Media Coverage for Women's Sport
Equal opportunity laws in the U.S. were still two years away when Billie Jean King barricaded 63 of her colleagues in a room at the Gloucester Hotel in central London and emerged triumphantly waving legal papers that led to the formation of the Women’s Tennis Association (WTA) 40 years ago.
The WTA has announced plans for more than 20 of the 23 women who have since been ranked number one to gather at a glitzy event on the middle weekend of Wimbledon, which begins on Monday, to commemorate what became not only a seminal sporting moment but a key staging post in the battle for equality.
“What started as a few women and a dollar has grown to thousands, living the dream — our dream. We were athletes who wanted to compete — and along the way we made history, determined to win, not just for ourselves, but for women everywhere”, says Ms. King in a WTA campaign to mark the milestone.
Against a febrile backdrop in the summer of 1973 Ms. King, who won the fifth of her six Wimbledon singles titles that year, called a meeting of her fellow players amid widespread and intense frustration at sexism and inequality in the sport.
Particularly angered by a tournament in Los Angeles where the women’s champion earned a sixth of the prize money of the men, Ms. King became in 1970 one of a group of players — The Original Nine — who each signed nominal $1 contracts with World Tennis publisher Gladys Heldman to compete in a newly created Virginia Slims Series.
Three years later in London she got everyone in the room, told fellow player Betty Stove to lock the door and emerged clutching legal documents that were drawn up by Larry King, the tennis player’s then husband.
“If we hadn’t had Billie, our sport wouldn’t be where it is today. She was the catalyst, the dreamer, the person who said ‘we will do this and we will be successful’. She is as active today in the WTA as she was in 1973”, said Stacey Allaster, the WTA chief executive, recalling how the pioneering players of the 1970s would have to drum up publicity for their own tournaments in small towns across America.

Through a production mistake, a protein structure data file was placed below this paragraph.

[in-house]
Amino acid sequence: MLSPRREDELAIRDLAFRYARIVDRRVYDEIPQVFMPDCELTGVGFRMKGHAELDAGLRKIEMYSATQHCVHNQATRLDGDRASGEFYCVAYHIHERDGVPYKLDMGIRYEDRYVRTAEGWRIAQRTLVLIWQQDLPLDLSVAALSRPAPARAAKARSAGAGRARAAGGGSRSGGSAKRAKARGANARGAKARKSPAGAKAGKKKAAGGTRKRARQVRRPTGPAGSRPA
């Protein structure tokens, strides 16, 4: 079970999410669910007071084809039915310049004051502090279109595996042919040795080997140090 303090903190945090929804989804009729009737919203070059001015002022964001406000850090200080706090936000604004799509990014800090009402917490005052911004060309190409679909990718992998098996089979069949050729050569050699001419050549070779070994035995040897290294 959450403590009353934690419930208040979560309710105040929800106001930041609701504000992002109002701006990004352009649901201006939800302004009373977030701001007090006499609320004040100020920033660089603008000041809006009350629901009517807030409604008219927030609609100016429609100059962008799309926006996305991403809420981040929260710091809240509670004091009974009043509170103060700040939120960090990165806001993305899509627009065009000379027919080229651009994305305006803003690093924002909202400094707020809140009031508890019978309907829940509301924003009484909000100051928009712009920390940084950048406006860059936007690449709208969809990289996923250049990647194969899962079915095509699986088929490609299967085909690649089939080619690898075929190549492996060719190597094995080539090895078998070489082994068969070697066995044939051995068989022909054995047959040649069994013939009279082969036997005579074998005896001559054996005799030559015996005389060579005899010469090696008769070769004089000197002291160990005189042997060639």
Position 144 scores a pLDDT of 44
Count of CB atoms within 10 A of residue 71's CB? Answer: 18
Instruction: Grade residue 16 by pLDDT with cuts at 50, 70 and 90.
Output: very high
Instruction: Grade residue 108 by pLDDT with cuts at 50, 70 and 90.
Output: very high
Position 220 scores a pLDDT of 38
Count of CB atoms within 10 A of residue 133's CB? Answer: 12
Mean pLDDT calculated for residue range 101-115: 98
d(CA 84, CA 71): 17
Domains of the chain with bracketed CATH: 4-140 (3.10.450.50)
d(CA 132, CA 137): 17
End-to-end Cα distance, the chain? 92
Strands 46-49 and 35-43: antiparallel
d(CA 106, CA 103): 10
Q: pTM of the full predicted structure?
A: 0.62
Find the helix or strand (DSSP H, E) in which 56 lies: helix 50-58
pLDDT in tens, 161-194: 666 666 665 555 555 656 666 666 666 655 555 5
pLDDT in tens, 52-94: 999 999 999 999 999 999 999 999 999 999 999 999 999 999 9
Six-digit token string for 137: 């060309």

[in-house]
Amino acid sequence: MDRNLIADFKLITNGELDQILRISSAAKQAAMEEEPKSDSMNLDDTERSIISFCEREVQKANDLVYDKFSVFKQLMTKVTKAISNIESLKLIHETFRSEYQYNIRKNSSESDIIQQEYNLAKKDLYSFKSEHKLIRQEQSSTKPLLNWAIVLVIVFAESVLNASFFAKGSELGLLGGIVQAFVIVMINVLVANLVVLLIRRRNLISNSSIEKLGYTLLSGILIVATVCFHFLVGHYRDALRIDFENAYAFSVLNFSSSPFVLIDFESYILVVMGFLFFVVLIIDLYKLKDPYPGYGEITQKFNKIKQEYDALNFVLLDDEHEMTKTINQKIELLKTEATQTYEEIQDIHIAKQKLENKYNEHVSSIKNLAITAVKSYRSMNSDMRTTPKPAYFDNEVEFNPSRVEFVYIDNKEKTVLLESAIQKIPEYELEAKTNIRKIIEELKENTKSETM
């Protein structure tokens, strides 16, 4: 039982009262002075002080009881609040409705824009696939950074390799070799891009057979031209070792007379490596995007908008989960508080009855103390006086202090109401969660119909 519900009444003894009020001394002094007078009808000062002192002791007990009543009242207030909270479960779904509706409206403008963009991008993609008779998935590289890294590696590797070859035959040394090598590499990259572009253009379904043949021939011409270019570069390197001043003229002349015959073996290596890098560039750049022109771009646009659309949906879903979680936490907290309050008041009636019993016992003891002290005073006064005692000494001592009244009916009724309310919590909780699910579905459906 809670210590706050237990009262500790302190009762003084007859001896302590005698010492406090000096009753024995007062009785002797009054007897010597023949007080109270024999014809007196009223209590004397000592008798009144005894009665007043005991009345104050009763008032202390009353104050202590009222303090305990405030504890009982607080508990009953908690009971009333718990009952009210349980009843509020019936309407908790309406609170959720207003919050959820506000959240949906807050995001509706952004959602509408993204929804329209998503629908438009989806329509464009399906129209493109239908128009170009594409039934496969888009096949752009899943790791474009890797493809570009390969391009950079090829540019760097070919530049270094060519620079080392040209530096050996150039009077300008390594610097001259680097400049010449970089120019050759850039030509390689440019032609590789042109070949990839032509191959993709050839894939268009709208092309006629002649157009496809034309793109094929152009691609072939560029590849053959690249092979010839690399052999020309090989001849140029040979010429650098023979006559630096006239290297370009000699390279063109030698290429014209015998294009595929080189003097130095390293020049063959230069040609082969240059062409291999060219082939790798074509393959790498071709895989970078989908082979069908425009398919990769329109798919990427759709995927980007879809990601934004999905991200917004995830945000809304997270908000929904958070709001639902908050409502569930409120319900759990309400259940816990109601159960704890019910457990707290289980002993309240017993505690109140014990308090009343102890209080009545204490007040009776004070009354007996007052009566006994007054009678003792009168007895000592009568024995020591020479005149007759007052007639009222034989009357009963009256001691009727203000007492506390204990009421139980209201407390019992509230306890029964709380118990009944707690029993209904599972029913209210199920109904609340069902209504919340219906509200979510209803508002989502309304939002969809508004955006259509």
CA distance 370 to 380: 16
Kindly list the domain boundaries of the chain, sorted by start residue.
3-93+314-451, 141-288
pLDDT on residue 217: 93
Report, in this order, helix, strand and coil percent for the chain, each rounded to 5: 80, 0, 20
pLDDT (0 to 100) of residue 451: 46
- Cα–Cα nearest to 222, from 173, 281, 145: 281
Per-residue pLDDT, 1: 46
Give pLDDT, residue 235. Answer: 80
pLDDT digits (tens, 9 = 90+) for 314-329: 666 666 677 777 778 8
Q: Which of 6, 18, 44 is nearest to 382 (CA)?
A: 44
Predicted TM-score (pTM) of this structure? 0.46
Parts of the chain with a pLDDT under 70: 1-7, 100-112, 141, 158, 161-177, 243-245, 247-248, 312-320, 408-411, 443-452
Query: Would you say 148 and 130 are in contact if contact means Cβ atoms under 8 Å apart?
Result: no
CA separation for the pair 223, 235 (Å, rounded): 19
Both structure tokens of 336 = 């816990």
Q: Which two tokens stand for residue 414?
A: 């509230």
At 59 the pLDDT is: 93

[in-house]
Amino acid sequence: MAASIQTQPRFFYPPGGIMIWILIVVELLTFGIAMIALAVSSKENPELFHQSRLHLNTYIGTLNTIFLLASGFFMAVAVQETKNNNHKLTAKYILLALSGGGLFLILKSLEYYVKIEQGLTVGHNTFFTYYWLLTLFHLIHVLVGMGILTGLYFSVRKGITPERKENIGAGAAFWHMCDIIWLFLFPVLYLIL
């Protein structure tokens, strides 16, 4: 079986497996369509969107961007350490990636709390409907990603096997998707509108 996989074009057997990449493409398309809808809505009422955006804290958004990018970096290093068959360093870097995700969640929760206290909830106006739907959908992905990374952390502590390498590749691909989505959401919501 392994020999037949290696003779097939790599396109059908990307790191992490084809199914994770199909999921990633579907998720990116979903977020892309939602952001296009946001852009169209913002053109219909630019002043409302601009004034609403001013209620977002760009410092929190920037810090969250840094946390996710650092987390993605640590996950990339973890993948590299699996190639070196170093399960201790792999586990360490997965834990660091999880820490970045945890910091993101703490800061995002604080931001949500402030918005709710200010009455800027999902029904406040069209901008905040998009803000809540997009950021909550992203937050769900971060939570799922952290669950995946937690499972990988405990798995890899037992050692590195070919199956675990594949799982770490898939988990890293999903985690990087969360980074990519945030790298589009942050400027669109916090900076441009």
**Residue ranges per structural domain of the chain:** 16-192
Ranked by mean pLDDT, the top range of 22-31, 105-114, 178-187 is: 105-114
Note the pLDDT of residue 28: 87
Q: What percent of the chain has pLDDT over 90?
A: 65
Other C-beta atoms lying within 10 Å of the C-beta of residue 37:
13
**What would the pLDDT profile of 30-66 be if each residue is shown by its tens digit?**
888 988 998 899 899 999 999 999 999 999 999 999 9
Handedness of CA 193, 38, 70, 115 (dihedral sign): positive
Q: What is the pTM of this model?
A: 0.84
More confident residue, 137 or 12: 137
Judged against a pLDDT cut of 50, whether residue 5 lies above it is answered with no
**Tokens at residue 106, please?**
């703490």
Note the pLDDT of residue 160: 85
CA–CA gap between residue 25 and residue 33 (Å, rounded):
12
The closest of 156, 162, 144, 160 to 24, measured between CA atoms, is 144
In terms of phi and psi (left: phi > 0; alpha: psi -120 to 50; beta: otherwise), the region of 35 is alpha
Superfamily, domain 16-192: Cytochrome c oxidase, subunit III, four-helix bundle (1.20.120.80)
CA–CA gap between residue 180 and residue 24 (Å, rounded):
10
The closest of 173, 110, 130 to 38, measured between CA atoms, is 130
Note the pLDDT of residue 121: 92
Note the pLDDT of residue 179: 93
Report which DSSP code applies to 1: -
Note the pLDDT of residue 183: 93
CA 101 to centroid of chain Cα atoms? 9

Later in 1973, Ms. King would beat Bobby Riggs in an exhibition match in the US dubbed “the battle of the sexes”.
Ms. King, the daughter of a fire-fighter from Long Beach, made her Grand Slam debut aged 15 in 1959 and two years later neighbours raised $2,000 so she could play at Wimbledon. There she won the women’s doubles at her first attempt, the first of 39 Grand Slam titles that included 12 singles triumphs. She retired from competitive singles in 1983 having seen the sport transformed.
Amid a passionate debate about the amount of coverage and profile afforded women’s sport, most recently reanimated here following London 2012, tennis is one of only a handful of sports in which women can genuinely claim equality of opportunity and potential financial reward.
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